Last edited: November 06, 2004

Bigots on Baghramian?: Parliament Members Continue Gay Debate

ArmeniaNow, October 2004

By Julia Hakobyan

Leaving behind an agenda of top issues such as corruption, poverty, constitutional reform and the debatable value of sending Armenian troops to Iraq the National Assembly of Armenia continues its “He Is Gay” sessions, which have turned from accusation to slander and from debates to skirmishes.

Prompted by the announcement of the nationalistic Armenian-Aryan Order that some Armenian top officials are gay, Deputy Hakob Hakobyan last week publicly called fellow MP Mher Shahgeldyan a homosexual, saying that he can present proof. Later, Hakobyan announced that his house had been fired upon by a gang retaliating for Shahgeldyan.

In rhetoric laced with hate and hardly befitting lawmakers of a democratic republic, Members of Parliament have said that any member found to be gay should resign – an opinion shared by the Presidential Advisor for National Security Garnik Isagulyan. (click here for related story)

One female MP, Alvard Petrosyan told Aravot daily that, as a “normal” woman she is afraid of homosexuals, calling them “enemies” of women.

While the Armenian officials speculate the issue of homosexuality as hot political argument and debate it from the point of view of morality and political ineligibility, Armen Avetisyan the Chairman of Armenian Aryan Order (AAO) says he and his supporters continue making a list of homosexual politicians.

Last month Avetisyan announced that he possessed photographic and video materials proving that some Armenian ministers are homosexual. Avetisyan said the announcement was made in order to make homosexual officials themselves leave their posts; otherwise he would publish the names before the end of the year.

Avetisyan says he is not surprised that his announcement turned into scandal.

“It’s only the beginning,” Avetisyan told ArmeniaNow. “You will see what happens if the list of homosexual officials is published. Our nation can reconcile itself to a life of poverty but it will never allow itself to be ruled by a group of sexual perverts”

Avetisyan, 41, is a veteran of the Karabakh war and founded AAO in 1993 to advocate for native Armenian values, such as culture, history and family. According to Ministry of Justice data, the political party has about 35 registered members.

Avetisyan says that the name of his organization has nothing to do with fascism ideology and that the word “Aryan” simply has the Armenia “Ar” prefix.

“Our mission is to revive Armenian values,” he says. “Today we see how a group of rascals ruin our country and have to make them leave first their posts, and then leave the country.”

Before taking up the campaign against gays, Avetisyan – whose clout, previously, was minimal at best – had vocally opposed the introduction of Social Security Cards. He claims that the country is being run by Masons who blackmail homosexual politicians into making laws that suit the Masons’ purposes.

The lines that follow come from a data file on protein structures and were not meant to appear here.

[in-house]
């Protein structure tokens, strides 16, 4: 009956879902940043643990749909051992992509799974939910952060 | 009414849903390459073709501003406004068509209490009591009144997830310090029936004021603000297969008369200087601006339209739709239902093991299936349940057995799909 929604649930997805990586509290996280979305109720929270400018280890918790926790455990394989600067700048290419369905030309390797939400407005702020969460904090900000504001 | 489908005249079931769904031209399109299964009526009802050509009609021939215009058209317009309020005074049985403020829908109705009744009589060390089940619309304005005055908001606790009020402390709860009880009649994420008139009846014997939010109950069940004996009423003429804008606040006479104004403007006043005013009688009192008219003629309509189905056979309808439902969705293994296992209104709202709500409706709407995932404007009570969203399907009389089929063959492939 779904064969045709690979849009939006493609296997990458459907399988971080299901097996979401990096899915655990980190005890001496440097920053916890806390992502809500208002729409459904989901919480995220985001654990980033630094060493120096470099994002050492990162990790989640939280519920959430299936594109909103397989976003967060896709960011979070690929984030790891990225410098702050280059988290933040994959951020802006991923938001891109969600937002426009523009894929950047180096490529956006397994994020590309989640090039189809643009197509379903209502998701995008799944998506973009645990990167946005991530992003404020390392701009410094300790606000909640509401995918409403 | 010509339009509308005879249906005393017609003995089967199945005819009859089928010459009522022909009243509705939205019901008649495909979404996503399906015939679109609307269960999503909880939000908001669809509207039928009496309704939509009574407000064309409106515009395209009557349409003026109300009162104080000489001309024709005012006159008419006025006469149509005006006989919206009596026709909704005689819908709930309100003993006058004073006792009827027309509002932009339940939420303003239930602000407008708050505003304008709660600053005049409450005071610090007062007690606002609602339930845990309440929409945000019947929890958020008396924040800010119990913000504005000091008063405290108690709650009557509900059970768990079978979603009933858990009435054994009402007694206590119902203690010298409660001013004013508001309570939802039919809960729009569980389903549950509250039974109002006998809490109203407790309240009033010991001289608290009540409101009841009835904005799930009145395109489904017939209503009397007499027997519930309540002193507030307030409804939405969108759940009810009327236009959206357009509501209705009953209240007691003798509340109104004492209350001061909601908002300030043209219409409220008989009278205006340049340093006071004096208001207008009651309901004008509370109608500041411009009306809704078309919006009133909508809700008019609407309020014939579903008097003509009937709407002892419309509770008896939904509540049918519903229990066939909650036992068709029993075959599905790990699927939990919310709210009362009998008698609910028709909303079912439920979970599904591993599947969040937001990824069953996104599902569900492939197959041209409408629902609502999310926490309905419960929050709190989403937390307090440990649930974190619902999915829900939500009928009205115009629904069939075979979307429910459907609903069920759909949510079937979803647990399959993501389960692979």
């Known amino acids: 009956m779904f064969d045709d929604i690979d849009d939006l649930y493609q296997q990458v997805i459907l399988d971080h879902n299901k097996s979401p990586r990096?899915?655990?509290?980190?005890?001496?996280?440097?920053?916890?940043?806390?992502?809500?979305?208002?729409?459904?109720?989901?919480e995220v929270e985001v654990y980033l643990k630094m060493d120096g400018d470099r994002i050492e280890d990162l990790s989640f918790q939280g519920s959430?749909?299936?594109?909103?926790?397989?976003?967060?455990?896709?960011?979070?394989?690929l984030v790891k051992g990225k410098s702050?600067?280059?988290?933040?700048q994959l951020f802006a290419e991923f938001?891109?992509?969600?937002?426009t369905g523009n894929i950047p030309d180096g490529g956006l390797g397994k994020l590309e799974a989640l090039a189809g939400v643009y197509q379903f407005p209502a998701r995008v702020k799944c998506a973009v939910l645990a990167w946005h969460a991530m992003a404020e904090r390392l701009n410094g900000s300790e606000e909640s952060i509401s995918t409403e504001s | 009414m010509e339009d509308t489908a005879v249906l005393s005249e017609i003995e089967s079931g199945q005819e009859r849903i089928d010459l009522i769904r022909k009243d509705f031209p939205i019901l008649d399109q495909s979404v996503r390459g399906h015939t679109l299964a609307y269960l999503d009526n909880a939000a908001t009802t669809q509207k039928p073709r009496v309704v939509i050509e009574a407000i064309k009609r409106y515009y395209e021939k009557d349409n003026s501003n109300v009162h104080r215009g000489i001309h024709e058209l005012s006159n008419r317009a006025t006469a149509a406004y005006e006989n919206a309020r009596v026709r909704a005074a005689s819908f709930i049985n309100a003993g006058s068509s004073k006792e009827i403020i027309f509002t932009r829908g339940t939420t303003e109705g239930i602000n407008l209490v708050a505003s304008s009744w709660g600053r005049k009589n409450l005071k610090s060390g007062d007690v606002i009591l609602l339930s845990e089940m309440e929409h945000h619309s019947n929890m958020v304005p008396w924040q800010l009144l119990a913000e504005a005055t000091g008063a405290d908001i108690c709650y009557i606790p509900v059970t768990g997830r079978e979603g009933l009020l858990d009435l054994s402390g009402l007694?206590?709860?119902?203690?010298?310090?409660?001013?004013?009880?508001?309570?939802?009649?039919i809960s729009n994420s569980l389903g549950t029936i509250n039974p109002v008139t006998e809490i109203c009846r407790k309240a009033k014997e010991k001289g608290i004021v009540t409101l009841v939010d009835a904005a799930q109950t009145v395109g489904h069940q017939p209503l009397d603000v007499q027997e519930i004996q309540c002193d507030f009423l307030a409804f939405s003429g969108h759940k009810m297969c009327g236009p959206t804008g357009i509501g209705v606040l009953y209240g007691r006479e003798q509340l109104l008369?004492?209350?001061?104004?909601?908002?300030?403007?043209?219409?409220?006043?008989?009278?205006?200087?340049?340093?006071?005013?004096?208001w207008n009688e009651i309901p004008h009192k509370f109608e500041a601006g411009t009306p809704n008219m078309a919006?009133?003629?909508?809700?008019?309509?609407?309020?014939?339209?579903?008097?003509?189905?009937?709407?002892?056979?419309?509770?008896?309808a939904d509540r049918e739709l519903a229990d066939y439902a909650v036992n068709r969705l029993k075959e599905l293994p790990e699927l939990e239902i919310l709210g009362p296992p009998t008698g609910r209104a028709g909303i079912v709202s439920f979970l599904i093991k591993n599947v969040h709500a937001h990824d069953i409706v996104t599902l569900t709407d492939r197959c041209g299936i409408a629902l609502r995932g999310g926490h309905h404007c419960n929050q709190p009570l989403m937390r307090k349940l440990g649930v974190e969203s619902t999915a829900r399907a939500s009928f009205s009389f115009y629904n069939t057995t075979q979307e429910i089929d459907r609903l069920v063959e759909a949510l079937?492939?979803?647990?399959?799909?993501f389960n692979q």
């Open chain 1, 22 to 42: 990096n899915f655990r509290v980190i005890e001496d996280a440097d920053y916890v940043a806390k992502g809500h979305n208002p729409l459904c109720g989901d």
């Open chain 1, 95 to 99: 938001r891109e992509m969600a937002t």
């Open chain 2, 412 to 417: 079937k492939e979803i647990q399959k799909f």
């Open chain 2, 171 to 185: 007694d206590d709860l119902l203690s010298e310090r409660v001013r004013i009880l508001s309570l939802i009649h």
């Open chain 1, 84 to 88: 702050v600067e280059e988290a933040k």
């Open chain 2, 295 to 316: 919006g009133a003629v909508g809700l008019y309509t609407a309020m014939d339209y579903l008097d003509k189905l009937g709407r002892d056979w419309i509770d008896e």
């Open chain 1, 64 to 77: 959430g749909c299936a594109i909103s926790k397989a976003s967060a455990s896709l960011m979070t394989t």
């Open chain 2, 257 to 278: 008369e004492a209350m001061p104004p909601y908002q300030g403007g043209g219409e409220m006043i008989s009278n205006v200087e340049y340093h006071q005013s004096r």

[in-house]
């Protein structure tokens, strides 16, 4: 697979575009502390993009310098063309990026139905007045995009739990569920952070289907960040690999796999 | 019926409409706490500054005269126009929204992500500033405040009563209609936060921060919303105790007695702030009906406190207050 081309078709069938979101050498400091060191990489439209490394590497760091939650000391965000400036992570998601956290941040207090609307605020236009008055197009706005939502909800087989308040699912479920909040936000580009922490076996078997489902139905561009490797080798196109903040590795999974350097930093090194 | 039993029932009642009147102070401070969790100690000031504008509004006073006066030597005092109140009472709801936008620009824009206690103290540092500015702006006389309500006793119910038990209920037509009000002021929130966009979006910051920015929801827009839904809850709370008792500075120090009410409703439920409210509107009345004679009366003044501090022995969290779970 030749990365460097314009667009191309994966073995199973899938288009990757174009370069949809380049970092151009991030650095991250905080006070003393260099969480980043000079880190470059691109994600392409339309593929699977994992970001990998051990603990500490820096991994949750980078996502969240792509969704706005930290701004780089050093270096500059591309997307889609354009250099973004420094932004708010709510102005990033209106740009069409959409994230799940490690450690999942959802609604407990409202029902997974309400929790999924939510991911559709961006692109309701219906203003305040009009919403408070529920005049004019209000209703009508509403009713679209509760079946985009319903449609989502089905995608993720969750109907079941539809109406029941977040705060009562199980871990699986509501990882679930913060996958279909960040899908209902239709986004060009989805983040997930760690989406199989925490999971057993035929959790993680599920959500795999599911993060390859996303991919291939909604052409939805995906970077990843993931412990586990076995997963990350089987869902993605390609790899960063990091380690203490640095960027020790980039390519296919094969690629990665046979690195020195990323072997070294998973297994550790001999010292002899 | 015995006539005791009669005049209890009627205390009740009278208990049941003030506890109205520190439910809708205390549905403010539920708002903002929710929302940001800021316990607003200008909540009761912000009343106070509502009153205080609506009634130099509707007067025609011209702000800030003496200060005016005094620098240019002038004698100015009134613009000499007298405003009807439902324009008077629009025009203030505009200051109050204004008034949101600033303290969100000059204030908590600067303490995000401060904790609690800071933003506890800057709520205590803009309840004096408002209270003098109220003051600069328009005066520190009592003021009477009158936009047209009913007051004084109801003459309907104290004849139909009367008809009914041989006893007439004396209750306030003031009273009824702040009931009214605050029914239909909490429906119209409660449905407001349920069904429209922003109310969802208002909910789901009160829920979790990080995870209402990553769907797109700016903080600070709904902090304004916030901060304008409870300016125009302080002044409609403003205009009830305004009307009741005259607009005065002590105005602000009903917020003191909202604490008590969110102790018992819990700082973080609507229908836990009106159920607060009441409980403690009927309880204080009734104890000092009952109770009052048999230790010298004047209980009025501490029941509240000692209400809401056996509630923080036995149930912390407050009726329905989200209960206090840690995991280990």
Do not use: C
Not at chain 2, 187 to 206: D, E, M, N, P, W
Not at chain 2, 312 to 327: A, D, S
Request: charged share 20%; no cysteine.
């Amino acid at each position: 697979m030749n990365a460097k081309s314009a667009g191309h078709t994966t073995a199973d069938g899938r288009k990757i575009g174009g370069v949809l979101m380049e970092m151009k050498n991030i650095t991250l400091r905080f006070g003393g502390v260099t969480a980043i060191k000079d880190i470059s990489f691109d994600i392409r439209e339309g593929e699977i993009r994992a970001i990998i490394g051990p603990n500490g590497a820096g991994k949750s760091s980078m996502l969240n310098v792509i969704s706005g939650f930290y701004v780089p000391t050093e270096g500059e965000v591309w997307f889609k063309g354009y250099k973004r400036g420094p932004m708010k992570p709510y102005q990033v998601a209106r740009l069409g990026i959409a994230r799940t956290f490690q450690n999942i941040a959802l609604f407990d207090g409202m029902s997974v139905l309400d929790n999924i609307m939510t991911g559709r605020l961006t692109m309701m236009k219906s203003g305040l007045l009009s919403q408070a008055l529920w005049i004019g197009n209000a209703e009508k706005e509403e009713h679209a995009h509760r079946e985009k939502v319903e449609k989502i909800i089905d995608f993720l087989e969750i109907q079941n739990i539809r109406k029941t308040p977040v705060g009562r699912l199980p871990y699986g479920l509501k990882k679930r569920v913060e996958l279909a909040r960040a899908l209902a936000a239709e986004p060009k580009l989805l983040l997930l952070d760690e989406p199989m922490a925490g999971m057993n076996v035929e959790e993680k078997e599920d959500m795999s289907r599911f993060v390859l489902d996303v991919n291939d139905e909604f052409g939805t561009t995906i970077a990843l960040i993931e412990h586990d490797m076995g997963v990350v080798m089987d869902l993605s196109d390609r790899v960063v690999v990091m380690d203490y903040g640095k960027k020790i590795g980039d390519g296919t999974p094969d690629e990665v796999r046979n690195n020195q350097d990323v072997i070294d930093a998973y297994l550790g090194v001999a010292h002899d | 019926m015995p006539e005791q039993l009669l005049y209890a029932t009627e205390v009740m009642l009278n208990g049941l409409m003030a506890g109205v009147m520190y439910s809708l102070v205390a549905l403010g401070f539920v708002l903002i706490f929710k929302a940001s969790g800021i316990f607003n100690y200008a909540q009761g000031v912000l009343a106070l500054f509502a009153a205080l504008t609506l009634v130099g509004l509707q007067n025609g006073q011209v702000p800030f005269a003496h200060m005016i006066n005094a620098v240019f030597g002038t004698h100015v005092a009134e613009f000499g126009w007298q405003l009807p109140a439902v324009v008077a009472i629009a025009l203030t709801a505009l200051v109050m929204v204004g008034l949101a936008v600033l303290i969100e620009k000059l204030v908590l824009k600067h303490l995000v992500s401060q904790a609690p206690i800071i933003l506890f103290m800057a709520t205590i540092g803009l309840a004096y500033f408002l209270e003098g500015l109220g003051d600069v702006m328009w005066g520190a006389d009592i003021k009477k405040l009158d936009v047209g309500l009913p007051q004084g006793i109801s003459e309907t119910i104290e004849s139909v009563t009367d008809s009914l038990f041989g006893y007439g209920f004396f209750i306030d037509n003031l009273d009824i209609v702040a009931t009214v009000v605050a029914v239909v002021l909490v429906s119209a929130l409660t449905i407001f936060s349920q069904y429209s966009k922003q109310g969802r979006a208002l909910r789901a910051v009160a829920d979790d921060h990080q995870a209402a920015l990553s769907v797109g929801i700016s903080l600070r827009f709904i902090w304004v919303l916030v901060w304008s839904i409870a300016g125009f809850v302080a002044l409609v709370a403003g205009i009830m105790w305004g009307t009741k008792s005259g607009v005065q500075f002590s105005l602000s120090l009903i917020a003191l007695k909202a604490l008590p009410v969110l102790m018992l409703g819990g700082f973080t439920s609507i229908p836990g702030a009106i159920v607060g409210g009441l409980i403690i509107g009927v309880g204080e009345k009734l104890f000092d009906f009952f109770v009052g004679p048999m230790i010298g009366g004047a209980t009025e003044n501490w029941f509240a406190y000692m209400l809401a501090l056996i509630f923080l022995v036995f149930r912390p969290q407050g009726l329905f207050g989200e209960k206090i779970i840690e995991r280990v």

Confronted with whether his actions violate human rights, Avetisyan says national rights are above everything else.

“Some people accuse us of interfering in people’s private lives,” he says. “Is a person protected in Armenia only because he is a homosexual? What about thousands of unprotected Armenians, disabled, veterans of war, orphans, people who are being beaten, killed, humiliated, starved. Who advocates for their rights? We have to think about our children, because by accepting homosexuals we threaten our children’s future.” (Avetisyan himself is father of three.)

While some view Avetisyan’s declaration as a self-aggrandizing drama, others are concerned more with the reaction of the Armenian elite and governing authorities.

Micha Meroujean, the Chairman of AGLA France (Association of Gay and Lesbian Armenians of France) says he finds it revolting that not a single politician, humanitarian activist, intellectual or media outlet has condemned Avetisyans announcement.

“I wonder if the parliamentarians and government officials would have been so enthusiastic and determined if someone came out to publish a list of ‘Most Corrupted Politicians in Armenia,” Meroujean told ArmeniaNow.

Meroujean says that when the Council of Europe demanded that Armenia abolish its law making homosexuality a crime, it was supposed that Armenia would no longer discriminate against gays. But today, he says, Armenia remains a homophobic state.

“Avetisyan represents the extreme right movement. He is a political go-getter, a bigot who speculates on nationalistic sentiments by spreading hatred,” says Meroujean, who lives in Paris. “The Armenian Constitution does not say that gays do not have a right to work in public office. What I conclude is that this scenario drives homogeneous Armenia to a fascist regime.”

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